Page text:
Q. My 21-year-old niece will be graduating from a well-known college in May.
She has already secured a great job in another state and has the potential to relocate to their different offices around the world. She is bright, beautiful, and has a budding future ahead of her.
Here’s the rub: She announced in January that she and her (off-and-on-again) high school sweetheart are getting married.
We were all shocked and hoped for a long engagement, but they decided it would happen in June, in the smallish city they grew up in.
He is a really nice guy and I like him, but he did not go to college and his aspiration in life is to own a used-car lot.
I’m worried that the disparity in aspirations might be an issue in the future. Plus, he is not planning on moving with her to the big city she’ll be working in (what the heck?)
My niece is traveling to England right before her wedding.
My aging parents are in no shape to travel the eight hours to the wedding, so they won’t be able to see their first grandchild married.
My father is unwell and may die before then, and then my siblings and I would be planning a funeral!
In the space of a month, my niece will graduate from college, go abroad, get married, move, and start a new job.
I’m mad at her. I don’t understand why she feels this great rush to get married. I didn’t get married until later, and had such grand adventures and experiences. I was hoping she would, too. Sometimes I cry about it.
I love her. I try to be interested and supportive, but it’s really hard. I’m afraid she’ll get pregnant right off the bat and put her career on hold.
How can I wrap my head around this and get past my disappointment? She’s so young but I know she’s going to do what she wants to do.
A. People your niece’s age often have boundless energy to cram in many momentous experiences. From your perch, this must seem like an exhausting whirlwind.
It is worrying that you would be brought to tears over your niece’s (mainly positive) life choices. You view every single one of these choices through a scrim of your own needs and experiences. But she is not you. She is not supposed to serve your needs. She is definitely herself, and she has the right — and the need — to live her own life. She will definitely make mistakes along the way. This marriage might be one of them. Unfortunately, you cannot inoculate her from either the mistakes or the consequences.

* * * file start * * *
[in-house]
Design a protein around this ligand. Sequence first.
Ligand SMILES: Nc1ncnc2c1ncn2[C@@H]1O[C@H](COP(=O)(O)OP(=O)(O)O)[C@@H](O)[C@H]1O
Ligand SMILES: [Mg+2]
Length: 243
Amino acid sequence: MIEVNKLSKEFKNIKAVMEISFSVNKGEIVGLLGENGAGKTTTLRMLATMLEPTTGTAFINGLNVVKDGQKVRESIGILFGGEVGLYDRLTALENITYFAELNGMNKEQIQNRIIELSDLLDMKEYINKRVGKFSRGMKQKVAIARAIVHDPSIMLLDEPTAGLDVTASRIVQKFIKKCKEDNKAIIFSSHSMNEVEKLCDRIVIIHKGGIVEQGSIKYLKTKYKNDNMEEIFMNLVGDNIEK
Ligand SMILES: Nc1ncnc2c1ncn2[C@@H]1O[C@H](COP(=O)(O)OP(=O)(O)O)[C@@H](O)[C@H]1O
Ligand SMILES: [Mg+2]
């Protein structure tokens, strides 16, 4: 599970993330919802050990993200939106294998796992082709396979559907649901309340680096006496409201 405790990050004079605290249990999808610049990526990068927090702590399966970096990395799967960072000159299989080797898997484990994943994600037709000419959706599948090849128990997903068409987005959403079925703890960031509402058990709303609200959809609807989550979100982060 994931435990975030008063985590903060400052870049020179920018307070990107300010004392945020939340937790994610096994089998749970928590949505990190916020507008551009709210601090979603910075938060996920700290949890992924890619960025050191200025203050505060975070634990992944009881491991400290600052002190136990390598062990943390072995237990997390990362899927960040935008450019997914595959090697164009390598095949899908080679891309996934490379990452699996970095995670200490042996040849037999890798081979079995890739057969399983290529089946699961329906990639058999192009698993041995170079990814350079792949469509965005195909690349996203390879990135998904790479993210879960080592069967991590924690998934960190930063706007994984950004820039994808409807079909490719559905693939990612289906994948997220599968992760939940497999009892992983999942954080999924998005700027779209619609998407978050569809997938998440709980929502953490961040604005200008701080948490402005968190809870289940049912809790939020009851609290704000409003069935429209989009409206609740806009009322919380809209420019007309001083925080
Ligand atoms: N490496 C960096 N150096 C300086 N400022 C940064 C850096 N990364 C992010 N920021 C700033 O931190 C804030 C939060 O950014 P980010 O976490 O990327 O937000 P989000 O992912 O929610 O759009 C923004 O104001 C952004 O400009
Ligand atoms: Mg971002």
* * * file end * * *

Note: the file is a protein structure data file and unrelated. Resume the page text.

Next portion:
Your only job is to continue to love her; you should not concern yourself too much with the particulars, or judge her harshly as she plows her own path. That’s her parents’ burden.
Q. As school has become increasingly harder and more academically challenging, I’m finding it necessary to quit some other activities. One in particular is my music lessons.
I have always enjoyed playing the harp and my teacher has become a mentor to me.
I eventually told her that I am thinking about moving on and I told her why, but I could tell that I made her sad.
I don’t want to risk hurting her feelings, but how do I discontinue lessons without doing that?
A. It is an unfortunate fact of life that sometimes we simply must disappoint people in order to see to our own needs.
Your first duty in your youth is to find ways to be compassionate toward yourself. You sound like a kind and compassionate person (how right the harp seems to be for you!). Your teacher is sad because she will miss her regular contact with you. She may also miss the income that your lessons bring in.
Say goodbye with certitude, gratitude, and respect.
Your teacher will have to manage her own sadness, just as you will have to manage your various burdens. She’ll be fine. So will you.
Q. Regarding “Expectant,” whose husband was going to be at his father’s heart operation instead of attending the birth of his child, I’ll tell you this much: If my husband was having heart surgery, we would both tell our son to be with his wife when their child was born.
A. I would do the same.
Amy Dickinson can be reached at email@example.com.